Verandering van persoonlijkheidstypen en angst gedurende de adolescentie

Netherlands journal of psychology 10/2005; 60(5):164-176. DOI: 10.1007/BF03062354


In dit onderzoek bestudeerden we de veranderingen van de persoonlijkheidstypen van Block en Block in de adolescentie. Daarnaast
onderzochten we het verband ­tussen verandering in persoonlijkheidstypen en verandering in angst. De steekproef bestond uit
827 adolescenten die vragenlijsten over persoonlijkheid en angst op twee meetmomenten van het conamore-project invulden. We vonden dat 56,9 procent van de adolescenten hetzelfde persoonlijkheidstype behield, terwijl het persoonlijkheidstype
bij 43,1 procent veranderde. De verandering van ondercontrollers naar overcontrollers kwam na de niet-veranderende persoonlijkheidsgroepen
het meest voor. Tevens vonden we dat de stabiliteit van persoonlijkheid gerelateerd was aan de stabiliteit van het angstniveau
en dat de verandering in persoonlijkheid gerelateerd was aan verandering in angstniveau. De adolescenten die veranderden van
veerkrachtige naar overcontroller lieten een toename op angst zien, terwijl de adolescenten die veranderden van overcontroller
naar veerkrachtige een afname vertoonden.

Download full-text


Available from: Wim H J Meeus, Oct 10, 2015
52 Reads
  • Source
    [Show abstract] [Hide abstract]
    ABSTRACT: Three replicable personality types were identified in a sample of 300 adolescent boys and shown to generalize across African Americans and Caucasians. The types had conceptually coherent relations with the Big Five dimensions, ego resiliency, and ego control, and converged with 3 of the types identified by J. Block (1971). Behavioral implications of the types were explored using several independent data sources. Resilients were intelligent, successful in school, unlikely to be delinquents, and relatively free of psychopathology; Overcontrollers shared some of these characteristics but were also prone to internalizing problems; and Undercontrollers showed a general pattern of academic, behavioral, and emotional problems. This research demonstrates that replicable and generalizable personality types can be identified empirically, and that the unique constellation of traits defining an individual has important consequences for a wide range of outcomes. (PsycINFO Database Record (c) 2012 APA, all rights reserved)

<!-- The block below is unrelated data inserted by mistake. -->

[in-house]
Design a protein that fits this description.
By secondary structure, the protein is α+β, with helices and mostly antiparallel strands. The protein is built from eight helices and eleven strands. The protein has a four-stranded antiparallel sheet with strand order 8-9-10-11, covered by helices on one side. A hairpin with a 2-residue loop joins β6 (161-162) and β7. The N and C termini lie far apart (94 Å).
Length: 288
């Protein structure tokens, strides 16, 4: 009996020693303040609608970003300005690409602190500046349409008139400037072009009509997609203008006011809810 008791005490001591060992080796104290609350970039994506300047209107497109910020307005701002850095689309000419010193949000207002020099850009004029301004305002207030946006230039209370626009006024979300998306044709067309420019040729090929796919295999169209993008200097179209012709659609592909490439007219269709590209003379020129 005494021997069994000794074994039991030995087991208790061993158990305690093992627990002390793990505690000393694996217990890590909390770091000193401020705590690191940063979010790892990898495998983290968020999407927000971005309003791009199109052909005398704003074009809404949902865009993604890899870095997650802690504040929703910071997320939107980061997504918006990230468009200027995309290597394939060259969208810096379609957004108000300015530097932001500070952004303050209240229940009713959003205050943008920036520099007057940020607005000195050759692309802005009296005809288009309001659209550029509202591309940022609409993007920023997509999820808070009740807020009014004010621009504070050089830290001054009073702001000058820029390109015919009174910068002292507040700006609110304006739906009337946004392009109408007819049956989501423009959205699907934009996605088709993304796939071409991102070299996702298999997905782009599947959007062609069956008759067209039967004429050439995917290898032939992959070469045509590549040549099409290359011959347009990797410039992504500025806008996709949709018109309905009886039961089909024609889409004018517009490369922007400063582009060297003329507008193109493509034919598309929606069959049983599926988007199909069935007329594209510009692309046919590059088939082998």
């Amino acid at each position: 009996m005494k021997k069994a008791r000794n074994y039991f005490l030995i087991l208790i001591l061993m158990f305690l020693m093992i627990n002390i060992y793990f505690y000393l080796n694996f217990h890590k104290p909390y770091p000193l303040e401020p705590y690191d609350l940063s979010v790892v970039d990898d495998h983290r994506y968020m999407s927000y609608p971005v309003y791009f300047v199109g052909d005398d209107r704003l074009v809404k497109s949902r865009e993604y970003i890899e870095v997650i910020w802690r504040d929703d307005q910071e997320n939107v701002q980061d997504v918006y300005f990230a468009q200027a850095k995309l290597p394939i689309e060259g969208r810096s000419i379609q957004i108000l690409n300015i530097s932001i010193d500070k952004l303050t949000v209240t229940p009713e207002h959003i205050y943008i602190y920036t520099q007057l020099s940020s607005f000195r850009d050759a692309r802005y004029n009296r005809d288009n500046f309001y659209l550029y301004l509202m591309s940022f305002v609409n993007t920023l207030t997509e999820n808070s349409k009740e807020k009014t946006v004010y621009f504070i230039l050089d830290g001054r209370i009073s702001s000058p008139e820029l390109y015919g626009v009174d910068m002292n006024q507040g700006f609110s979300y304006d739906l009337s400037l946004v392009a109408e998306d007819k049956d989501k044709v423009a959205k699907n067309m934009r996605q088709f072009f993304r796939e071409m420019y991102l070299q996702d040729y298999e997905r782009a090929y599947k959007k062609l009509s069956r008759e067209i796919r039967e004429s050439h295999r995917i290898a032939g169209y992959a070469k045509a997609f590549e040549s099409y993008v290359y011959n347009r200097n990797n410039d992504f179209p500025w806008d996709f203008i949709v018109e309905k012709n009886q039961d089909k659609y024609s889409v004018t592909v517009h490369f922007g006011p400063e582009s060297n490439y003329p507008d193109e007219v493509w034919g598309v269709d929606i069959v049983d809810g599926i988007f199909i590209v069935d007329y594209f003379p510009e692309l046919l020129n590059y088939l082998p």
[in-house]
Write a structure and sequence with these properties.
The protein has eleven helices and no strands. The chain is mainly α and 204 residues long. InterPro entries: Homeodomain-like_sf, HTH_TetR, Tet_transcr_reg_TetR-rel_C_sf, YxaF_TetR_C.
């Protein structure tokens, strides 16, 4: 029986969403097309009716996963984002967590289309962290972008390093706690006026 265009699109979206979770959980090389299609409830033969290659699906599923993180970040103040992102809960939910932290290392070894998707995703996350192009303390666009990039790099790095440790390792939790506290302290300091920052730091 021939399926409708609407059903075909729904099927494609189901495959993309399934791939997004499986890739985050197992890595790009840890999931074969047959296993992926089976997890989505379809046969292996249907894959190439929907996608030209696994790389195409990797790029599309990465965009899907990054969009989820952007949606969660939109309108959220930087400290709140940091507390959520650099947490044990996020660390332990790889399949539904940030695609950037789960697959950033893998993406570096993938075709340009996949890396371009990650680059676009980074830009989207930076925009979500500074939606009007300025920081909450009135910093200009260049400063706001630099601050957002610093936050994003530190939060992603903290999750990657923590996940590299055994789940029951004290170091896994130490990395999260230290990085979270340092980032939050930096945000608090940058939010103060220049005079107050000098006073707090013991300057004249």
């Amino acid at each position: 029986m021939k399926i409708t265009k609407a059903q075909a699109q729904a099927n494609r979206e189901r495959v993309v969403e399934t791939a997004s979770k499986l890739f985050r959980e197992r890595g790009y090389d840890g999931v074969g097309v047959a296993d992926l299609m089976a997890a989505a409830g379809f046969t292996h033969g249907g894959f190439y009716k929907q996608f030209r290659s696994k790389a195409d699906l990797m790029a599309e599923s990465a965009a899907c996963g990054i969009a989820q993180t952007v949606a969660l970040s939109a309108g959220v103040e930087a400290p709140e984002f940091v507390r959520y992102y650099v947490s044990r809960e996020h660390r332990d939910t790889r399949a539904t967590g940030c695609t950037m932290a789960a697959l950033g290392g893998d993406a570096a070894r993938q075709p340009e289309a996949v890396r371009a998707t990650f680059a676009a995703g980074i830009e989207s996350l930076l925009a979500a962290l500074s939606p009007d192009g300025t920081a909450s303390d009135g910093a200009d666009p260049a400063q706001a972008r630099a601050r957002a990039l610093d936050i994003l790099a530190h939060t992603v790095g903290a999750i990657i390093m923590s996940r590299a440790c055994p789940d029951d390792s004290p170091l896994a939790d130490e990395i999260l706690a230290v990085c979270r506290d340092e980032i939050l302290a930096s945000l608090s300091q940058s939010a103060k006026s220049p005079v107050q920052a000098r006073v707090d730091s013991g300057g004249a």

Journal of Personality and Social Psychology 12/1995; 70(1):157-171. DOI:10.1037/0022-3514.70.1.157 · 5.08 Impact Factor
  • [Show abstract] [Hide abstract]
    ABSTRACT: The relation of childhood personality types, or configurations of personality traits, to adolescent development was examined. Three personality types were identified in an inverse factor analysis of California Child Q-Sort data on 128 Icelandic 7-year-olds: resilient, overcontrolled, and undercontrolled. Growth curve analyses demonstrated that in comparison to children of the other 2 types, children of the resilient personality type had higher levels of academic achievement and lower levels of concentration problems throughout adolescence; resilient children also developed sophisticated friendship reasoning and an internal locus of control more quickly. Children of the overcontrolled type were found to be more prone to social withdrawal and low levels of self-esteem during adolescence than children of the other 2 types. In contrast to the other 2 types, children classified as undercontrolled showed an increase in aggressive behavior in adolescence. Implications of the findings for research on personality development are discussed.
    Developmental Psychology 04/1997; 33(2):195-205. DOI:10.1037//0012-1649.33.2.195 · 3.21 Impact Factor
  • Source
    [Show abstract] [Hide abstract]
    ABSTRACT: We tested the hypothesis that there are three major prototypic patterns of personality description (resilient, overcontrolled, and undercontrolled) in a series of studies including adults' self-descriptions on the Big Five and parents' Big Five and Q-Sort judgments of their children, using both replicated cluster analyses and replicated Q-factor analyses. The consistency of the prototypes across ages, judges, and methods was quantitatively measured. The results confirmed the hypothesis in all studies. Personality, social relationship, and social interaction correlates of the prototypes indicated externalizing tendencies for undercontrollers and internalizing tendencies for overcontrollers for both children and adults. The studies provide strong evidence for a three-prototype model of personality description at the highest level of analysis for both childhood and adulthood. Copyright © 2001 John Wiley & Sons, Ltd.
    European Journal of Personality 05/2001; 15(3). DOI:10.1002/per.408.abs · 3.35 Impact Factor
Show more